Māori in the Far North have today begun a 200 kilometre journey to Waitangi, in what’s expected to grow into the biggest hīkoi in 40 years.

The protest is standing against the new Government and its policies, which strip back the role of co-governance and the public use of te reo Māori.

Marchers have a five-day journey ahead of them, as they travel from the top of the North Island to the Waitangi treaty grounds.

“I want to let them know that there is a future them in Aotearoa, a future of self-determination,” said a participant.

Organiser Reuben Taipari said it was going to be a huge event.

“There’s so many people coming. We’re doing hīkoi, running, walking, on hoses, on the waka, everybody is coming to Waitangi to share their aroha, share their kaha,” he said.

They’re not the only group departing today, with multiple hīkoi taking place across Nothland – from Te Rerenga Wairua, Te Kao, Taipa, Ahipara, Mangamuka, Panguru and Hokianga.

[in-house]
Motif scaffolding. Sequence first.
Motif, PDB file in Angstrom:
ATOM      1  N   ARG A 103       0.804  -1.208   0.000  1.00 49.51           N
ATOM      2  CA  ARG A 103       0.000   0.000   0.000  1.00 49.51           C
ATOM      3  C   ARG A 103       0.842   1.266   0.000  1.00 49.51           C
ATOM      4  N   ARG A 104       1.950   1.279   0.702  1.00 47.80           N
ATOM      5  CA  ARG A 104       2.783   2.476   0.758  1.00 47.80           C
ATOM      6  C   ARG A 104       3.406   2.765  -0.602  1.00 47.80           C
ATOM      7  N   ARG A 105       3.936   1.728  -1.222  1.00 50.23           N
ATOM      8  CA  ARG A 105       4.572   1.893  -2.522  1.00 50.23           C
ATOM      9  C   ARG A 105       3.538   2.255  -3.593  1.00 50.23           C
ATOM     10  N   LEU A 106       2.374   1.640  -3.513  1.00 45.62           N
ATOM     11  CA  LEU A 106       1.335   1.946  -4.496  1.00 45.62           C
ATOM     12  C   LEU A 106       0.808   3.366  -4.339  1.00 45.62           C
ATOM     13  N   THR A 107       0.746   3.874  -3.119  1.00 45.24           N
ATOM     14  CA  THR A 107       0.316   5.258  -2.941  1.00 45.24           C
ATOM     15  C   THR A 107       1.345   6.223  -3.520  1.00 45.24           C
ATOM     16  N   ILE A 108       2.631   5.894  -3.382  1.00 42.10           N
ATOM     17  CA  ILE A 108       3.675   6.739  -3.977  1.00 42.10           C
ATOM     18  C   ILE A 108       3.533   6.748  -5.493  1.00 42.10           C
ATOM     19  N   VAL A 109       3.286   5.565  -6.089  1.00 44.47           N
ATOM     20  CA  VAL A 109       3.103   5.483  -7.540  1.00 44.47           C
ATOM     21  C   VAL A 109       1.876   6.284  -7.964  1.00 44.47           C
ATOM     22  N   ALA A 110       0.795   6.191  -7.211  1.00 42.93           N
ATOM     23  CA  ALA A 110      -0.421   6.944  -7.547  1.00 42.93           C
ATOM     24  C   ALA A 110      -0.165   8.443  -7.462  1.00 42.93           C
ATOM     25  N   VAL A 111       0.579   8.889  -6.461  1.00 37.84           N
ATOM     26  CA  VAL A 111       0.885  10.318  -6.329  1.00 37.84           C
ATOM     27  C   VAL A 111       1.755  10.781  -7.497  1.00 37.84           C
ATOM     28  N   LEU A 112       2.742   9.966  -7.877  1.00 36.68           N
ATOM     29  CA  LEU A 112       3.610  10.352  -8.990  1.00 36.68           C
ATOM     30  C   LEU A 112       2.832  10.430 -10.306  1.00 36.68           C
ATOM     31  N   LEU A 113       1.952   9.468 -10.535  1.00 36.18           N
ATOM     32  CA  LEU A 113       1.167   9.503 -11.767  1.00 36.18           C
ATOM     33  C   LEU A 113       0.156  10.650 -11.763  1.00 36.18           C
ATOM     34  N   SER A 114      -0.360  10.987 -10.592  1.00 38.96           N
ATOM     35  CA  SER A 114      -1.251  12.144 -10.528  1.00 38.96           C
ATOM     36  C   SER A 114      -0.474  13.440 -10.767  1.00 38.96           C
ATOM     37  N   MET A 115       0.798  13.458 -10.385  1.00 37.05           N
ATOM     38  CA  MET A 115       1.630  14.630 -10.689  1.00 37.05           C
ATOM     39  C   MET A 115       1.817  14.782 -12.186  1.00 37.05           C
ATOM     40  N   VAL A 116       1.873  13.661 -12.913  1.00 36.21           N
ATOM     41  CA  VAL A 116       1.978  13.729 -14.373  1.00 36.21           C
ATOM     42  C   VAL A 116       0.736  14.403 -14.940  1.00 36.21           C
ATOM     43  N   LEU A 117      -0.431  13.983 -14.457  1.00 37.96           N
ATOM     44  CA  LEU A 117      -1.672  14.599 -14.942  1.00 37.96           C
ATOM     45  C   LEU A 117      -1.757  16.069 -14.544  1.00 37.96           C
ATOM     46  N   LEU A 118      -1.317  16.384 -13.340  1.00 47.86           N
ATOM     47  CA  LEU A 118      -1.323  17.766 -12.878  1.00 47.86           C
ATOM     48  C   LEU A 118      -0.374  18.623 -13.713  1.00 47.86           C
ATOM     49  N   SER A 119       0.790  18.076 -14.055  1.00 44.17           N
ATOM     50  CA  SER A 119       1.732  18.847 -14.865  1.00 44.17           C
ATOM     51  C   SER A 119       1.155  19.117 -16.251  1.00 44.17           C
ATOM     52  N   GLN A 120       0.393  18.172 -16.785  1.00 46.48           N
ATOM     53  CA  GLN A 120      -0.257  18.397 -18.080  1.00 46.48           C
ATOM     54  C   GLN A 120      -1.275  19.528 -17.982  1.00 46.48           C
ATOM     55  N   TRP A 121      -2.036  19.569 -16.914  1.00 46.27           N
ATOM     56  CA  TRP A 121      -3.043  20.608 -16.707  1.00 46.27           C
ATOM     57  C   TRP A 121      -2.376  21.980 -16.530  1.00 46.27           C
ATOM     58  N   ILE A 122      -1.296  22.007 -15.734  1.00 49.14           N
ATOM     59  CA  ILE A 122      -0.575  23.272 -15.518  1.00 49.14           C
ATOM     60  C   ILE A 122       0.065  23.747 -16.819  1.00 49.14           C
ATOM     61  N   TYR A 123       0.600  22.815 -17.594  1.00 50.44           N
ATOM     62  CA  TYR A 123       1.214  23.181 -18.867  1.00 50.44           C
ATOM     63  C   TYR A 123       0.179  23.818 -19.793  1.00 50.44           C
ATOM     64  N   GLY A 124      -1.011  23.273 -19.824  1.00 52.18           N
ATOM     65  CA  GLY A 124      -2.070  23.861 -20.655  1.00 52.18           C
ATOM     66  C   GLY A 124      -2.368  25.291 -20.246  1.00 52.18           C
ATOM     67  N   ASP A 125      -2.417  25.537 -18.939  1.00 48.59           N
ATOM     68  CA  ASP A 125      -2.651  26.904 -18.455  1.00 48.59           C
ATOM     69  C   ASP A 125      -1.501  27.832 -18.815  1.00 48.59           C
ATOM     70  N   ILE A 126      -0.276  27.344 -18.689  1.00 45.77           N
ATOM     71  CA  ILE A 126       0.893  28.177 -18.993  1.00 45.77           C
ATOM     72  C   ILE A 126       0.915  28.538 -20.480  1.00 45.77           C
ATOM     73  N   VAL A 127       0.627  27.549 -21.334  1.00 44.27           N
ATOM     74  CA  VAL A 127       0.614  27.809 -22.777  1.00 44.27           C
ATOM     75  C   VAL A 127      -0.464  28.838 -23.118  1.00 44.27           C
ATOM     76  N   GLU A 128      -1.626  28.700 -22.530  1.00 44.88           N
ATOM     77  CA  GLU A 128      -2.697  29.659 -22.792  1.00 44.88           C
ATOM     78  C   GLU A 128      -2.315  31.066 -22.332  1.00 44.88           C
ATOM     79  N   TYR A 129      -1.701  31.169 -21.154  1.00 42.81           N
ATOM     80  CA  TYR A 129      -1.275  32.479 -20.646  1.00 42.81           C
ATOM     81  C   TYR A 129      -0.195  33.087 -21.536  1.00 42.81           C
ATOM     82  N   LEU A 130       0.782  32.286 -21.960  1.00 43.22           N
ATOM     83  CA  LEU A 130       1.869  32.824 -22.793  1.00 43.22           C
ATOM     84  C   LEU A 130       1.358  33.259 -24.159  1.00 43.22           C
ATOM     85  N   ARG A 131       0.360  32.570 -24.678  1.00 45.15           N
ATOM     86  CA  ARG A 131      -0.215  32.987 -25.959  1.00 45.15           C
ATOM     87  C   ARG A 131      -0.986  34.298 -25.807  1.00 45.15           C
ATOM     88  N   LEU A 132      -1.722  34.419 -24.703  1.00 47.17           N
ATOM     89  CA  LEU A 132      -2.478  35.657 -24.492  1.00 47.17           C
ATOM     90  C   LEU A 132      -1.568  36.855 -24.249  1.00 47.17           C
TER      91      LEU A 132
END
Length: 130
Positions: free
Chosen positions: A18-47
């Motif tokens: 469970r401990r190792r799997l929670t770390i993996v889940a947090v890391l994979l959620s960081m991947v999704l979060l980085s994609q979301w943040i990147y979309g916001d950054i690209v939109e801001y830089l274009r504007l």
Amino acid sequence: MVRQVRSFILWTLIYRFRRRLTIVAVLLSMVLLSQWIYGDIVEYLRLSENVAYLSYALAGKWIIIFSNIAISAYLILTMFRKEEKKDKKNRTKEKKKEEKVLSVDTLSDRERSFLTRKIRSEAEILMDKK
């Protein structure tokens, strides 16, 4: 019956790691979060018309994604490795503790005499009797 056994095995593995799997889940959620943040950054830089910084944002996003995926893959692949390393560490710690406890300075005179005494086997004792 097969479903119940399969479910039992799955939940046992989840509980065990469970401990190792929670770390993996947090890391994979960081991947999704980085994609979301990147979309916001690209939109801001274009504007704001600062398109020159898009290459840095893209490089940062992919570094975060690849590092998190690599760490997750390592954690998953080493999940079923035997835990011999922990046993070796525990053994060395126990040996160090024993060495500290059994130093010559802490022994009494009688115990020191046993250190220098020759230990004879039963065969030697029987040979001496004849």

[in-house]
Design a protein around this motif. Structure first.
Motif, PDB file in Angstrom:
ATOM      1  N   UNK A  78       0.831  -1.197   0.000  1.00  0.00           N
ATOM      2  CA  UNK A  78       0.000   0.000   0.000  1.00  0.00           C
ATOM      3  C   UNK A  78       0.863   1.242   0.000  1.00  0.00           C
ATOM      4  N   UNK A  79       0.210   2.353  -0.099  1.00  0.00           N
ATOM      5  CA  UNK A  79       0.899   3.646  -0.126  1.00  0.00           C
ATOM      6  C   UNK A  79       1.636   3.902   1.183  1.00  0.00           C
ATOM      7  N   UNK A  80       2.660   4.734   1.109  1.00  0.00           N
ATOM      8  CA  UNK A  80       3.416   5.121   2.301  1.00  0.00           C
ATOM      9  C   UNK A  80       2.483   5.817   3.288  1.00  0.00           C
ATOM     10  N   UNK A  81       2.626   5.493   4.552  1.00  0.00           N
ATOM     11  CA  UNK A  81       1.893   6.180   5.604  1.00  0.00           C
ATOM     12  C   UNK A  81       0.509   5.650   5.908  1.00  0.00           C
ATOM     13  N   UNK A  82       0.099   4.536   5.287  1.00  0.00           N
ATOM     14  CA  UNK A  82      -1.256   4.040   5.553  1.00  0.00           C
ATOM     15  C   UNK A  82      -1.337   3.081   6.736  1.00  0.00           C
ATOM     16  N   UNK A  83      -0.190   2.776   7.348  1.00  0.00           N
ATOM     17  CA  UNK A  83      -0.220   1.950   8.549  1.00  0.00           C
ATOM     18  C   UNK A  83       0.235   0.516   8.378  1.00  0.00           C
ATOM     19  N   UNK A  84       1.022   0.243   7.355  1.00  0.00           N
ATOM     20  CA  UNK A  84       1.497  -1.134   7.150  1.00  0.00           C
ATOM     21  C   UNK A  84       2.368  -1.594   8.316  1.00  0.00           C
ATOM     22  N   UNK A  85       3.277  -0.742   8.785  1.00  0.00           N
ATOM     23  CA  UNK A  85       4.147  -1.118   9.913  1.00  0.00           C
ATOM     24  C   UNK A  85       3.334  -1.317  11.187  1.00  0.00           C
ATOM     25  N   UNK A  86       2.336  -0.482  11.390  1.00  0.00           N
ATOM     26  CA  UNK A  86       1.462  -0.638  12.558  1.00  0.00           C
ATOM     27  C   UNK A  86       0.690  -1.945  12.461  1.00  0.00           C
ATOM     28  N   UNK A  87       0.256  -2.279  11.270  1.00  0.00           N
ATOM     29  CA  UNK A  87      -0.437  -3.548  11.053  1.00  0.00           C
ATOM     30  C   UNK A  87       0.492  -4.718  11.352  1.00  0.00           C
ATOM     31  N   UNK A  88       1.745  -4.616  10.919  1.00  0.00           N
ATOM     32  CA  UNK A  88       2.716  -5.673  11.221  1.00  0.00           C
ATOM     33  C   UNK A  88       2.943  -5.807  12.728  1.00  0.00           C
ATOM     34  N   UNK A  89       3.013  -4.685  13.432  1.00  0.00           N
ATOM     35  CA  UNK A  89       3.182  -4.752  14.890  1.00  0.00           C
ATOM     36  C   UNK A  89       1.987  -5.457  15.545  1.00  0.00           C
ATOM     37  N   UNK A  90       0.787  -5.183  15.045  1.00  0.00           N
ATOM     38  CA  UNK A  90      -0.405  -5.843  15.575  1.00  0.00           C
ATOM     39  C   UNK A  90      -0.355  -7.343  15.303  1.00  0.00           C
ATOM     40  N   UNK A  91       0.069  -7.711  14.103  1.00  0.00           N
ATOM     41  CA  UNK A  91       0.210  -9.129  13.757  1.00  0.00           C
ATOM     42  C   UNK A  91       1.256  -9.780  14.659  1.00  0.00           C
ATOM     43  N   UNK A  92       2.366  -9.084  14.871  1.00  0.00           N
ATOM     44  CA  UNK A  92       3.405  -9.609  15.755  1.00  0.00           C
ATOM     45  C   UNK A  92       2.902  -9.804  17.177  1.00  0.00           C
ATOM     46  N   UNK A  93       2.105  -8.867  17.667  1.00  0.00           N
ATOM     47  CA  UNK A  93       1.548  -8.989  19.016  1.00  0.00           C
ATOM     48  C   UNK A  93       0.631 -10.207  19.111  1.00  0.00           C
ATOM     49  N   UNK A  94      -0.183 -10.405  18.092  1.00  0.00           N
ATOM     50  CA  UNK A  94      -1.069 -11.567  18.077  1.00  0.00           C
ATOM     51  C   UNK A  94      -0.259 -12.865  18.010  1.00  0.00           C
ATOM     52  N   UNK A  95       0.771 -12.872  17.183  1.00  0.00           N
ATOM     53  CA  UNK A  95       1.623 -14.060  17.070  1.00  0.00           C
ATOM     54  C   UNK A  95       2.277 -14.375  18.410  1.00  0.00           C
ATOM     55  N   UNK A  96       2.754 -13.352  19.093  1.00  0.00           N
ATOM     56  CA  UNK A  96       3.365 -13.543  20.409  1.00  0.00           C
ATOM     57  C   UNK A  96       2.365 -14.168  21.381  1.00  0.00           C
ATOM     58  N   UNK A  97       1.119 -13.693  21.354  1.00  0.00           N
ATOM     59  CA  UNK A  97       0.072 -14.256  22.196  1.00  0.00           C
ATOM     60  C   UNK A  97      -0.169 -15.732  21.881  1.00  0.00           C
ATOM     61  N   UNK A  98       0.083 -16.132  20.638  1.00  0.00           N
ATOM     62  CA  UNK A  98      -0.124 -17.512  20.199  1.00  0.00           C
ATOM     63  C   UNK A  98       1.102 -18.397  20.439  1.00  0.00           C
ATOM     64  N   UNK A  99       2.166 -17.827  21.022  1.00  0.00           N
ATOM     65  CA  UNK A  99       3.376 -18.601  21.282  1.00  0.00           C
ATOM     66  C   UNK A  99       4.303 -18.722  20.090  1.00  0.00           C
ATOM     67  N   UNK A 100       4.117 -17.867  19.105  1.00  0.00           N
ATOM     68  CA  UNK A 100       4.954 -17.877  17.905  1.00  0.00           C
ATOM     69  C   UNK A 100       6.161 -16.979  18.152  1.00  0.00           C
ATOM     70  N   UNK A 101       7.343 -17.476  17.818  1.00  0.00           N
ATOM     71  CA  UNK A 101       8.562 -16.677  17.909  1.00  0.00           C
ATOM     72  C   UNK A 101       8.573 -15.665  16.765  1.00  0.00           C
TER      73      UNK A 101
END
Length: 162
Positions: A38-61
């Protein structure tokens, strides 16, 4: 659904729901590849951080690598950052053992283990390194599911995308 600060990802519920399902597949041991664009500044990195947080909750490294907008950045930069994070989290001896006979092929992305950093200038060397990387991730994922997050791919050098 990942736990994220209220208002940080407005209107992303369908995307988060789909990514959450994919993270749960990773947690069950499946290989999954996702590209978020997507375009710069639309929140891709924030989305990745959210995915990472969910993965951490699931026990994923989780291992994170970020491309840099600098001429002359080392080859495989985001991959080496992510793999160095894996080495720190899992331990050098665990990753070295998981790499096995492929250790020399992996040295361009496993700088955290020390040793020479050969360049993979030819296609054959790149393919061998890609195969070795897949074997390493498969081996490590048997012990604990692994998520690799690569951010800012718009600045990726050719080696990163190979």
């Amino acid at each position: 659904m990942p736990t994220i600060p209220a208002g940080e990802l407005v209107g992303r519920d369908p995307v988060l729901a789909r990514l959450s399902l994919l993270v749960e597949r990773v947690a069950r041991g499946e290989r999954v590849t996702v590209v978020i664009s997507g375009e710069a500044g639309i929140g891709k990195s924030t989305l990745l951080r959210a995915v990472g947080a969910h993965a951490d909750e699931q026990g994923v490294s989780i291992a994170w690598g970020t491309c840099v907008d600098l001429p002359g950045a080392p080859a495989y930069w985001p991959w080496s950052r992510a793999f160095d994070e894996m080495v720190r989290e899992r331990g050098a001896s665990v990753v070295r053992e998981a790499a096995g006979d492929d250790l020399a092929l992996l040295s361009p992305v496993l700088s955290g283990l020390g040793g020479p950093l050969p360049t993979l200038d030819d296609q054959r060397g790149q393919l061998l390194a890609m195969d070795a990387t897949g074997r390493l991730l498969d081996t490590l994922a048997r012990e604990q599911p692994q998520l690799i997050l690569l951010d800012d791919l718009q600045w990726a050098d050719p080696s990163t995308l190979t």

They’ll join at Kawiti Marae on Sunday.

“It’s going to be probably the biggest hīkoi in 40 years,” Taipari said.

Waitangi Trust chief executive Ben Dalton was once a driving force behind the hīkoi to Waitangi and said it’s changed over the years.

“It would have been well into the late 80s early 90s before we were allowed on to not only this place [treaty grounds] but also the marae,” he said.

In recent years, fewer people have taken part, and Waitangi has been relatively calm.

However, some believe that’s about to change as tension around the Government’s policies continues to rise.

“The hīkoi isn’t seen as a separate part of the whole Waitangi event at the moment,” Dalton said.

“We’ve put it on the official agenda.”

“It’s a direct stab at some of their proposals and some of the actions they’re doing to Māori. Just to Māori,” Northland leader Nyze Manuel said.

“It’s making us all very angry. Because we feel like we’re the political football all the time, constantly.”

Now, they hope the message will finally cut through.